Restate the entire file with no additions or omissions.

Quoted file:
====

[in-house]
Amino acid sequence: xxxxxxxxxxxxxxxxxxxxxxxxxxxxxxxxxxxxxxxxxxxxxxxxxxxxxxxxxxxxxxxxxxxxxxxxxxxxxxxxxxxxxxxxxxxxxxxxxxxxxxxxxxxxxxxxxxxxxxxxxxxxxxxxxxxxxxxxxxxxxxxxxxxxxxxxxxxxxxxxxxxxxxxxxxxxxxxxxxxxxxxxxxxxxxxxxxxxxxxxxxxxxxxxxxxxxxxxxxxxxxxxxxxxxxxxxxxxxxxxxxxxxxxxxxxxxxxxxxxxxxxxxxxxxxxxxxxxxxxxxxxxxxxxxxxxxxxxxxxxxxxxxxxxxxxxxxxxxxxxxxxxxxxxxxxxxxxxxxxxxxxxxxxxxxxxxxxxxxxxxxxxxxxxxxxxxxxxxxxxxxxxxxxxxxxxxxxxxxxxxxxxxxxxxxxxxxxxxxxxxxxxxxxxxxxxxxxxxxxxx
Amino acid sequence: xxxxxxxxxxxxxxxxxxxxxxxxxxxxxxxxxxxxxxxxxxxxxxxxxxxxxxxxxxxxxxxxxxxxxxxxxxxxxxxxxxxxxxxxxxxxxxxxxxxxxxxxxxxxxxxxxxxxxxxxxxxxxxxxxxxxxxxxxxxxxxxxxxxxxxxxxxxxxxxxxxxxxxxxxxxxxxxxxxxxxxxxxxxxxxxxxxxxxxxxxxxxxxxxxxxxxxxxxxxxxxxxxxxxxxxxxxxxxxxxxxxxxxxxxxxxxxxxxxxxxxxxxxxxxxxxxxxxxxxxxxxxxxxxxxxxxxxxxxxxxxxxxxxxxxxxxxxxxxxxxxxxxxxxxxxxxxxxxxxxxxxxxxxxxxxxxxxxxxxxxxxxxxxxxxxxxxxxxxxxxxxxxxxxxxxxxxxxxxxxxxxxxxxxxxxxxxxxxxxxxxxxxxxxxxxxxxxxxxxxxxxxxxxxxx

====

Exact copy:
[in-house]
Amino acid sequence: xxxxxxxxxxxxxxxxxxxxxxxxxxxxxxxxxxxxxxxxxxxxxxxxxxxxxxxxxxxxxxxxxxxxxxxxxxxxxxxxxxxxxxxxxxxxxxxxxxxxxxxxxxxxxxxxxxxxxxxxxxxxxxxxxxxxxxxxxxxxxxxxxxxxxxxxxxxxxxxxxxxxxxxxxxxxxxxxxxxxxxxxxxxxxxxxxxxxxxxxxxxxxxxxxxxxxxxxxxxxxxxxxxxxxxxxxxxxxxxxxxxxxxxxxxxxxxxxxxxxxxxxxxxxxxxxxxxxxxxxxxxxxxxxxxxxxxxxxxxxxxxxxxxxxxxxxxxxxxxxxxxxxxxxxxxxxxxxxxxxxxxxxxxxxxxxxxxxxxxxxxxxxxxxxxxxxxxxxxxxxxxxxxxxxxxxxxxxxxxxxxxxxxxxxxxxxxxxxxxxxxxxxxxxxxxxxxxxxxxxx
Amino acid sequence: xxxxxxxxxxxxxxxxxxxxxxxxxxxxxxxxxxxxxxxxxxxxxxxxxxxxxxxxxxxxxxxxxxxxxxxxxxxxxxxxxxxxxxxxxxxxxxxxxxxxxxxxxxxxxxxxxxxxxxxxxxxxxxxxxxxxxxxxxxxxxxxxxxxxxxxxxxxxxxxxxxxxxxxxxxxxxxxxxxxxxxxxxxxxxxxxxxxxxxxxxxxxxxxxxxxxxxxxxxxxxxxxxxxxxxxxxxxxxxxxxxxxxxxxxxxxxxxxxxxxxxxxxxxxxxxxxxxxxxxxxxxxxxxxxxxxxxxxxxxxxxxxxxxxxxxxxxxxxxxxxxxxxxxxxxxxxxxxxxxxxxxxxxxxxxxxxxxxxxxxxxxxxxxxxxxxxxxxxxxxxxxxxxxxxxxxxxxxxxxxxxxxxxxxxxxxxxxxxxxxxxxxxxxxxxxxxxxxxxxxxxxxxxxxxx